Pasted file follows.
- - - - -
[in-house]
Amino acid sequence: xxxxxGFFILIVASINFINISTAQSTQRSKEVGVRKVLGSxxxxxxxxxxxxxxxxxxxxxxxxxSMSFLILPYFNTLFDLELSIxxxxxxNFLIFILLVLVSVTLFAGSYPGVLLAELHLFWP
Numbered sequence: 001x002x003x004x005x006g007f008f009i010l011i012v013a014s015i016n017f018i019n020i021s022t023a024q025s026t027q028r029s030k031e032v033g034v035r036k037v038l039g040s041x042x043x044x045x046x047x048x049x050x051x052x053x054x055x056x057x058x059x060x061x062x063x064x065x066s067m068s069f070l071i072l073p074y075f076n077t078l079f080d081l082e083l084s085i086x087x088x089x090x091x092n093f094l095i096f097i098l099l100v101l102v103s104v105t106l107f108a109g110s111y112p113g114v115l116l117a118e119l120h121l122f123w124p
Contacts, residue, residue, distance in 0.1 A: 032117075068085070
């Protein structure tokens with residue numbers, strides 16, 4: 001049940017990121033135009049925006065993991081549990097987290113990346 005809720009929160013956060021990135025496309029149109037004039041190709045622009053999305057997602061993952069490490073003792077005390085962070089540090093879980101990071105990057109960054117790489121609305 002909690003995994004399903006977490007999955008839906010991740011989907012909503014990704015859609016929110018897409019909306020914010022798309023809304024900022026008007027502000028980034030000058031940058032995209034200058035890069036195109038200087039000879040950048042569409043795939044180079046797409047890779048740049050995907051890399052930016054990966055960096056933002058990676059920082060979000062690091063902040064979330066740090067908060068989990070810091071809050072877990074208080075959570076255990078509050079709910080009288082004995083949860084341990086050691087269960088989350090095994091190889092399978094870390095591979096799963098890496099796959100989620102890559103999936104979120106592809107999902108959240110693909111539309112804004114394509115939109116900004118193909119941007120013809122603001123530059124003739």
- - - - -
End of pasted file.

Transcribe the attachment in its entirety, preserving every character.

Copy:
[in-house]
Amino acid sequence: xxxxxGFFILIVASINFINISTAQSTQRSKEVGVRKVLGSxxxxxxxxxxxxxxxxxxxxxxxxxSMSFLILPYFNTLFDLELSIxxxxxxNFLIFILLVLVSVTLFAGSYPGVLLAELHLFWP
Numbered sequence: 001x002x003x004x005x006g007f008f009i010l011i012v013a014s015i016n017f018i019n020i021s022t023a024q025s026t027q028r029s030k031e032v033g034v035r036k037v038l039g040s041x042x043x044x045x046x047x048x049x050x051x052x053x054x055x056x057x058x059x060x061x062x063x064x065x066s067m068s069f070l071i072l073p074y075f076n077t078l079f080d081l082e083l084s085i086x087x088x089x090x091x092n093f094l095i096f097i098l099l100v101l102v103s104v105t106l107f108a109g110s111y112p113g114v115l116l117a118e119l120h121l122f123w124p
Contacts, residue, residue, distance in 0.1 A: 032117075068085070
């Protein structure tokens with residue numbers, strides 16, 4: 001049940017990121033135009049925006065993991081549990097987290113990346 005809720009929160013956060021990135025496309029149109037004039041190709045622009053999305057997602061993952069490490073003792077005390085962070089540090093879980101990071105990057109960054117790489121609305 002909690003995994004399903006977490007999955008839906010991740011989907012909503014990704015859609016929110018897409019909306020914010022798309023809304024900022026008007027502000028980034030000058031940058032995209034200058035890069036195109038200087039000879040950048042569409043795939044180079046797409047890779048740049050995907051890399052930016054990966055960096056933002058990676059920082060979000062690091063902040064979330066740090067908060068989990070810091071809050072877990074208080075959570076255990078509050079709910080009288082004995083949860084341990086050691087269960088989350090095994091190889092399978094870390095591979096799963098890496099796959100989620102890559103999936104979120106592809107999902108959240110693909111539309112804004114394509115939109116900004118193909119941007120013809122603001123530059124003739």